There’s nothing more loving than the sweet press of your kitten rubbing its teeth against your hand, but you may wonder why it does this.
Cats rub their teeth on you as a way of bonding with you. They release pheromones via glands in their cheeks and chins, known as Feline Facial Pheromones (FFP). This behavior is known as bunting, which cats pick up in kittenhood. Cats also use bunting to mark their territories.
If you notice your cat keeps rubbing its teeth on you, you may be surprised to know that there’s a valid explanation for the behavior. Keep reading to learn more about it.
Cats Rub Their Teeth on You To Bond
Though cats are very independent, often looking at you like the “needy one,” these proud creatures have evolved to develop strong social bonds. They form special bonds with their human companions by pressing their teeth against them, a behavior known as “bunting.”
When a cat presses its mouth against you, it releases pheromones through glands in its cheek and chin called Feline Facial Pheromones (FFP). These pheromones attach to any surface they contact. Later on, when smelt by the cat, these pheromones signal that the person they have rubbed against is familiar and safe.
When a cat presses its mouth against something, pheromones and other odors travel through the duct, conveying crucial sensory information to the brain. The passageway can detect not only the cat’s pheromones but specific odors, too.
Cats also use this passageway to:
- Pick up on mating signals,
- Identify predators,
- Bond with and learn about other cats,
- Familiarize with their environment,
- And so much more!
So the next time you notice your cat rubbing its teeth on you, you’ll know that your feline friend simply loves you and wants to connect with you.
When Do Cats Develop Their Teeth-Rubbing Behavior?
Cats pick up their teeth-rubbing or bunting behavior in kittenhood. Mother cats often nurture their young by cleaning them and rubbing their teeth against them. Maternal affection allows the association between face rubbing and love concrete at an early age in the cat’s development.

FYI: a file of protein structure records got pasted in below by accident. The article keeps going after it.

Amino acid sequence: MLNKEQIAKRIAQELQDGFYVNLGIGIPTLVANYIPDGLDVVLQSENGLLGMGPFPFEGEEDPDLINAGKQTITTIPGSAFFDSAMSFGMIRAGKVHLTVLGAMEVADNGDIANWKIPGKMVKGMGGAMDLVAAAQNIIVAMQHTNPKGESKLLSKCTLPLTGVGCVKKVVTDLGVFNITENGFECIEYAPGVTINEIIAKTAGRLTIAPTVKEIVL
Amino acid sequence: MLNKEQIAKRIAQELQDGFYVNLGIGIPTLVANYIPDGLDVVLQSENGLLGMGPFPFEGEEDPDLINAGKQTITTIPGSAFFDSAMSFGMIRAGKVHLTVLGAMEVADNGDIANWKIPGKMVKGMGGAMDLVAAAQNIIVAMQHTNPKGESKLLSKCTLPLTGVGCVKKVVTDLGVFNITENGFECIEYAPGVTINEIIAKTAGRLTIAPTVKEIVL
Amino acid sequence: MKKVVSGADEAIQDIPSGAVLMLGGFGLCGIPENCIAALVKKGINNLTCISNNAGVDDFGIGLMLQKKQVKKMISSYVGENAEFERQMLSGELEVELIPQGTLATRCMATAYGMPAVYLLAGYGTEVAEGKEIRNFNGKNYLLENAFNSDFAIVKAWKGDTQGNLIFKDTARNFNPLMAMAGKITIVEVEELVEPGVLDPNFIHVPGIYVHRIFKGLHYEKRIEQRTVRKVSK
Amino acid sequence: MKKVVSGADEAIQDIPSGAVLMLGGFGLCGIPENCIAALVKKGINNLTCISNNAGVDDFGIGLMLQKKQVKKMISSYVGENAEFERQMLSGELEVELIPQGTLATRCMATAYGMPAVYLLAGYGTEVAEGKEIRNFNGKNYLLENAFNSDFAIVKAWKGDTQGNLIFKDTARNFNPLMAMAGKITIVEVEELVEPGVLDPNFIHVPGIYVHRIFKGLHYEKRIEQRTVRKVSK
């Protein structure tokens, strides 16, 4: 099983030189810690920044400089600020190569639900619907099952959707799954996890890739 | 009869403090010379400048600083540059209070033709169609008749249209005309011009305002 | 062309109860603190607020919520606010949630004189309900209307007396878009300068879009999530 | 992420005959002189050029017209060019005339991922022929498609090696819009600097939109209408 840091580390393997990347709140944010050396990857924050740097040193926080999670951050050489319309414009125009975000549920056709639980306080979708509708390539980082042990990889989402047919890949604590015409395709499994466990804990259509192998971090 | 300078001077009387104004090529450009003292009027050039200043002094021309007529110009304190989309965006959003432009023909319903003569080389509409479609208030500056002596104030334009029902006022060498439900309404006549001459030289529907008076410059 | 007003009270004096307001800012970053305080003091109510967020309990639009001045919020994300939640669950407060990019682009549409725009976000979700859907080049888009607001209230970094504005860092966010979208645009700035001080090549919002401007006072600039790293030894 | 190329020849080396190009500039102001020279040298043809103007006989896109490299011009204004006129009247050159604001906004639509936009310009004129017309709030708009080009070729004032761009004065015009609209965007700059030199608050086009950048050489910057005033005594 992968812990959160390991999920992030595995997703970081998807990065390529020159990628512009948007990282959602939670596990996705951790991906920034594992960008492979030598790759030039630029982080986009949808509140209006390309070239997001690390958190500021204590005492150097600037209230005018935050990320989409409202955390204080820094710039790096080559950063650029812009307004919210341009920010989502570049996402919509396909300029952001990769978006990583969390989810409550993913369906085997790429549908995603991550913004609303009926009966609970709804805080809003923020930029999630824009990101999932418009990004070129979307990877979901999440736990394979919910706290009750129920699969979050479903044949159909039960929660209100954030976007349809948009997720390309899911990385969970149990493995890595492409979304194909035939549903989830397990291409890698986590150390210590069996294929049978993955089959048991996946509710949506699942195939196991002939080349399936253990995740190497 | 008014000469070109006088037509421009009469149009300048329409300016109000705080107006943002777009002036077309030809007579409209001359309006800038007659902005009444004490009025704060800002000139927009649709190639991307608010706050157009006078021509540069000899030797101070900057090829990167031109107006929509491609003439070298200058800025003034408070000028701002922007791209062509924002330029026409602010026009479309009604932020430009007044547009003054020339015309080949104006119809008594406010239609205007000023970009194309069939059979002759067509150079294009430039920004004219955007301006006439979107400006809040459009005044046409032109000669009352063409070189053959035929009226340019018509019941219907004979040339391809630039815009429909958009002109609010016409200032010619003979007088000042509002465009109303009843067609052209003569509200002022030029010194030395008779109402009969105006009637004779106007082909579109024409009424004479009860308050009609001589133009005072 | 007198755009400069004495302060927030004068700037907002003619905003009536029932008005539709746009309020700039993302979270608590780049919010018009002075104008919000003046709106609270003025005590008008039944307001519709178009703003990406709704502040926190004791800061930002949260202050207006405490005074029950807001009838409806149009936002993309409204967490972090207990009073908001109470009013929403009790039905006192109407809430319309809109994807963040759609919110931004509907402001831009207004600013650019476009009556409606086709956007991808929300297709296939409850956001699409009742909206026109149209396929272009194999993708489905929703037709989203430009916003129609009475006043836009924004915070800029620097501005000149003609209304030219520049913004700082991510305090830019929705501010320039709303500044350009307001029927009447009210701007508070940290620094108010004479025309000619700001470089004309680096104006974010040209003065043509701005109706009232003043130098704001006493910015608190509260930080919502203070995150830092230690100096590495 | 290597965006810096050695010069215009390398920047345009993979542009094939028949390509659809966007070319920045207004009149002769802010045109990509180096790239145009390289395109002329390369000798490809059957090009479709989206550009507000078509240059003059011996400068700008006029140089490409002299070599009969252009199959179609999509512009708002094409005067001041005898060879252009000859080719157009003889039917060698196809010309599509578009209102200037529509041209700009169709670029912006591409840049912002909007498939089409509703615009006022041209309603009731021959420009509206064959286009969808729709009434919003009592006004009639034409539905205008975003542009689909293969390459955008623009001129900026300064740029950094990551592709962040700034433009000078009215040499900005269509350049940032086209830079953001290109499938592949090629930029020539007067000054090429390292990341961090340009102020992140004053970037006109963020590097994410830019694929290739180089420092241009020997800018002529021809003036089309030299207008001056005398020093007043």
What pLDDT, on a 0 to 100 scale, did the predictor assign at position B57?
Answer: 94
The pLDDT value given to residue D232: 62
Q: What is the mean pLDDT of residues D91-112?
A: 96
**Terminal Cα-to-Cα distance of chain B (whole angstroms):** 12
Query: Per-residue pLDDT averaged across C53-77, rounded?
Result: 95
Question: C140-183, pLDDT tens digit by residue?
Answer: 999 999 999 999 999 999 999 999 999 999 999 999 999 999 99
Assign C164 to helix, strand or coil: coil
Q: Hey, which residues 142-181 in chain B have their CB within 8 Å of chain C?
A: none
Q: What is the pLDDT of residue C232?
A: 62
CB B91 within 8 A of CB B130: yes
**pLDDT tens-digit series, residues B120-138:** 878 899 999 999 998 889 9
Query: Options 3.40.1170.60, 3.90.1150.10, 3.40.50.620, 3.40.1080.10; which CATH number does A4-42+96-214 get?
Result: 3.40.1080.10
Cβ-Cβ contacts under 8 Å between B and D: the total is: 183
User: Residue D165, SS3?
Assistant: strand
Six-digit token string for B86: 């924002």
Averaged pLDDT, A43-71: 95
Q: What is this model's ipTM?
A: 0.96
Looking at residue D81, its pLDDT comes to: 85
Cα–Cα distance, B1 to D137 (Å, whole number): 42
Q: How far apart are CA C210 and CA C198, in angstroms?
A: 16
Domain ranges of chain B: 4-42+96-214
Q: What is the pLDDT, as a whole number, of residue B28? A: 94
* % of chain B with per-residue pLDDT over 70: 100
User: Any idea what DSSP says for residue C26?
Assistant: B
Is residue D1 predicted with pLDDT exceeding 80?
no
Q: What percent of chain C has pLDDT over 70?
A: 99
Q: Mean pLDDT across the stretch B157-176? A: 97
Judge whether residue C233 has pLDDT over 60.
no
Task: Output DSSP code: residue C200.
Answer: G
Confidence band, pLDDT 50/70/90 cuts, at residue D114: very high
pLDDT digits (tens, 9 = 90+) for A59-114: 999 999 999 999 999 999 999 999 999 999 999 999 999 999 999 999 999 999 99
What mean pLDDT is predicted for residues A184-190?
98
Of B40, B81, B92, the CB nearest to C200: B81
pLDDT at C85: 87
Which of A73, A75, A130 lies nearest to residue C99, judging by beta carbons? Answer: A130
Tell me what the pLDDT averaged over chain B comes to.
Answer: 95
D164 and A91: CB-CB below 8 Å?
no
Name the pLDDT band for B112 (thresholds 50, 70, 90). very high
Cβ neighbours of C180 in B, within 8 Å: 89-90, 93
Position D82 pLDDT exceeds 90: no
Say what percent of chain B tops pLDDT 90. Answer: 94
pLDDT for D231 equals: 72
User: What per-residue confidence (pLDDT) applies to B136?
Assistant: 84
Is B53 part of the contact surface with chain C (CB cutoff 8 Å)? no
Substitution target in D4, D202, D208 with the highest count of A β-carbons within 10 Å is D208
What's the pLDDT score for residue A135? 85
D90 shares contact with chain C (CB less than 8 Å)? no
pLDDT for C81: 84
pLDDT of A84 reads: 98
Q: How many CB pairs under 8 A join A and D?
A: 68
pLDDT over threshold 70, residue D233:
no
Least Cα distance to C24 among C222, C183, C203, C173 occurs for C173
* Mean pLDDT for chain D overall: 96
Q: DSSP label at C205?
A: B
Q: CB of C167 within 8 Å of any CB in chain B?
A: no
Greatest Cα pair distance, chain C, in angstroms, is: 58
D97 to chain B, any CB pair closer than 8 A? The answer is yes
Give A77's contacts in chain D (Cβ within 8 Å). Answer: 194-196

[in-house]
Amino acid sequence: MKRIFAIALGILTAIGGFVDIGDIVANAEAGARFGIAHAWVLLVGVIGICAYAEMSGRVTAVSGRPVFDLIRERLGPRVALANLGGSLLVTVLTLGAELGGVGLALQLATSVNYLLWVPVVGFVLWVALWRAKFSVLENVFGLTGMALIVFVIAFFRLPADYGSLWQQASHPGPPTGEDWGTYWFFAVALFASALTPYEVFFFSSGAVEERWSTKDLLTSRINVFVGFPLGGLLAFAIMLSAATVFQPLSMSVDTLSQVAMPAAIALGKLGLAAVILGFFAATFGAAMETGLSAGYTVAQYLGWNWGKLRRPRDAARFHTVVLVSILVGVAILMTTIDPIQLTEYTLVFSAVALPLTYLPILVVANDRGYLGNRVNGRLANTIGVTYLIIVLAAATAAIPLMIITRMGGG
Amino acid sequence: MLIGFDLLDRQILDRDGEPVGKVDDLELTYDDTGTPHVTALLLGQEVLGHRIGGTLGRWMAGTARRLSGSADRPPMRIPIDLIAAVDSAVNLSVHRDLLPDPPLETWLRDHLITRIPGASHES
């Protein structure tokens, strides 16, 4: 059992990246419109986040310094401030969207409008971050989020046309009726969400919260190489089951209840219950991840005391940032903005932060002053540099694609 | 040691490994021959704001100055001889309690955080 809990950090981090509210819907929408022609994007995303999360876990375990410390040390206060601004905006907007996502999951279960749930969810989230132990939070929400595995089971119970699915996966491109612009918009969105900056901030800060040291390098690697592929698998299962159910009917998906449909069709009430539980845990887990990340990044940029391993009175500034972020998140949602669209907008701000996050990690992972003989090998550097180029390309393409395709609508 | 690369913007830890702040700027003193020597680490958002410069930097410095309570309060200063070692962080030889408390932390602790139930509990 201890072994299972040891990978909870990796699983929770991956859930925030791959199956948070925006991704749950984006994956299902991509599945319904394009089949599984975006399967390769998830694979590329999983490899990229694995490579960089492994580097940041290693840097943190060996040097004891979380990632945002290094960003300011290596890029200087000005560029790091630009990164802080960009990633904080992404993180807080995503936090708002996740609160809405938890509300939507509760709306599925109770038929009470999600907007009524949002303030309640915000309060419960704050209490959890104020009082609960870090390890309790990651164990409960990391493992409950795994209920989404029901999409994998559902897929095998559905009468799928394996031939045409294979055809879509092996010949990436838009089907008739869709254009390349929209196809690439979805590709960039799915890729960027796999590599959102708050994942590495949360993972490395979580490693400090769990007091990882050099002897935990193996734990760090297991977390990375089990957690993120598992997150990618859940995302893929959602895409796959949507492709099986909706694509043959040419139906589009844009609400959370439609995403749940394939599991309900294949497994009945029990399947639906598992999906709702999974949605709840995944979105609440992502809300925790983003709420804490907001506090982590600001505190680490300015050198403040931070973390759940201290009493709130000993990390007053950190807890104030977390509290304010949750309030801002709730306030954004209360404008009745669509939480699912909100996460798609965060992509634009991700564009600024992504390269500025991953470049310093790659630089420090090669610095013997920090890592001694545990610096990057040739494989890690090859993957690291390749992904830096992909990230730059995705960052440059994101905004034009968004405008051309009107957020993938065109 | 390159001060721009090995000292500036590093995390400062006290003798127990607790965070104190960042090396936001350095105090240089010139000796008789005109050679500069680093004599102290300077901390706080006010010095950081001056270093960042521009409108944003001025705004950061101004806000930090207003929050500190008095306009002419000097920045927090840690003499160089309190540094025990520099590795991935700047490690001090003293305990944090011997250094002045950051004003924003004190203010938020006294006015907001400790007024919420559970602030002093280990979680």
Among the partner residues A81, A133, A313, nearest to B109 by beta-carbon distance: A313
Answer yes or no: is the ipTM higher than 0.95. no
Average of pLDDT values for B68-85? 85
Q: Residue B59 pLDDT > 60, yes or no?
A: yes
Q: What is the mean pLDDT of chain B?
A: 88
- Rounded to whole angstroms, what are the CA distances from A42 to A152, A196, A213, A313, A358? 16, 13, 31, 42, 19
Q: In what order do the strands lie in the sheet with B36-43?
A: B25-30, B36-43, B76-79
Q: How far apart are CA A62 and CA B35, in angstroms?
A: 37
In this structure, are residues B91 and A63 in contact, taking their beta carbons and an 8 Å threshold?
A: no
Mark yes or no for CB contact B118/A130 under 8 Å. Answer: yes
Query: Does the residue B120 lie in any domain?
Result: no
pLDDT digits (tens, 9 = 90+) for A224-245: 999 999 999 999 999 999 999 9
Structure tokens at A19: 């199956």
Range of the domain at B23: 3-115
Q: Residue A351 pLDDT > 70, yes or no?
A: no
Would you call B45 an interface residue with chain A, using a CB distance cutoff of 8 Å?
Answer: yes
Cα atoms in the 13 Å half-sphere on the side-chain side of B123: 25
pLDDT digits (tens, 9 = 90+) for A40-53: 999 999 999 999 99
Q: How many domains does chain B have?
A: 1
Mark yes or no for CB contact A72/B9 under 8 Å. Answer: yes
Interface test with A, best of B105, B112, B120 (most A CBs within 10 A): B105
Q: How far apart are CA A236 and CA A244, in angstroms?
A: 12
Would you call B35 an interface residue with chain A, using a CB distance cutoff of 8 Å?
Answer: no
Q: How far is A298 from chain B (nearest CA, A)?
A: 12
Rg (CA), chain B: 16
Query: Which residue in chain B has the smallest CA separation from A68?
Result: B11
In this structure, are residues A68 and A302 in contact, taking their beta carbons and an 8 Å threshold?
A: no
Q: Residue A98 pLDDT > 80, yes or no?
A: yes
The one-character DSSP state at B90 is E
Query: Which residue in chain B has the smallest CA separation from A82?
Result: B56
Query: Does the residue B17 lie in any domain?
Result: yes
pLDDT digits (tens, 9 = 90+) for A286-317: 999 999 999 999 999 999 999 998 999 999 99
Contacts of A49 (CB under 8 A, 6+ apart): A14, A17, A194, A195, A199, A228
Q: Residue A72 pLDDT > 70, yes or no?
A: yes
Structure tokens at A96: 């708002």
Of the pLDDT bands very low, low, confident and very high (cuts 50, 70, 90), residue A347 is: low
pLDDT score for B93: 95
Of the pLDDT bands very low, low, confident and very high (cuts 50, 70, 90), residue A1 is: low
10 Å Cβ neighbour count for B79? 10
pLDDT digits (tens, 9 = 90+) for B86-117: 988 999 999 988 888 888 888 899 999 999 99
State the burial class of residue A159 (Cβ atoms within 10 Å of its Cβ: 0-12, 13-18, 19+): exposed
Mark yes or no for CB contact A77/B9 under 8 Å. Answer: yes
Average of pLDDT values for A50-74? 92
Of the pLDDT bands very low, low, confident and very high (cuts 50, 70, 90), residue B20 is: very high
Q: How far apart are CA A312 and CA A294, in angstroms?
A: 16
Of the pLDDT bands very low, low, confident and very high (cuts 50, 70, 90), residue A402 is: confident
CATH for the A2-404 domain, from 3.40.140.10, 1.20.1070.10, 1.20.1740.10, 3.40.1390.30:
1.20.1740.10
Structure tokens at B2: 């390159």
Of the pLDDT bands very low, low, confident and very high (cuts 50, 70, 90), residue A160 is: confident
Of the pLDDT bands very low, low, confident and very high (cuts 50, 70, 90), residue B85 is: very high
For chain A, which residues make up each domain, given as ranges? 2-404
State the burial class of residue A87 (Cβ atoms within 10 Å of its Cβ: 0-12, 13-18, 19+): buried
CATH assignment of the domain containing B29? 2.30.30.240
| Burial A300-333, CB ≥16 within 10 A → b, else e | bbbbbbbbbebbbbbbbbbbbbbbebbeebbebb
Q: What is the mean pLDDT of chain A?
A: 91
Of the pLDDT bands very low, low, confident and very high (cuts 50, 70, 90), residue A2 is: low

A very similar process occurs in humans. When raising children, the touch and smell of a mother to her child is critical for producing oxytocin. Oxytocin is a bonding chemical between a mother and child. It allows the child to develop a pair bond similar to the bond created between a mother cat and its offspring during bunting.
Bunting Helps Cats Explore or Protect Themselves
The old saying “curiosity killed the cat” has a basis in reality. Cats are always trying to understand who and what’s in their environment.
Cats use bunting to get a feel for a place or person. A cat rubbing its head against you could be their way of expressing curiosity. Cats rub their teeth against you to identify the smells on you. They want to know if you’ve been in contact with other animals, and if so, what kind?
Furthermore, cats will use bunting as a way to alleviate anxiety when in a new area. Releasing pheromones on new surfaces helps cats familiarize themselves with a new place, reducing stress.
Cats will also rub their face on parts of a new area to see if they can detect possible mates or adversaries. They can smell another cat in heat or the pheromones of predators. These adaptations have helped cats stay alive throughout their evolutionary timeline. The ability to find mates while also not dying is a critical part of natural selection.
In addition to this, cats gain a lot of information about other cats through pheromones picked up in the urine of other cats. The smell allows males to know if they’re in the presence of a higher status male that could pose a threat. It also can say to a male what stage of the estrus cycle a female is in.
Cats Use Pheromones To Mark Their Territory
According to the experts at Feliway, cats use pheromone secretion to mark their territory to other cats. Cat’s secrete different pheromones from their paws. These secretions act as a signal to other cats that the domain is claimed.
The process of pheromone detection is why cats often rub their teeth against various objects in the house. It’s their way of ensuring no other cat has tried to claim their territory. As discussed earlier, cats can release pheromones through glands in their cheeks and chins.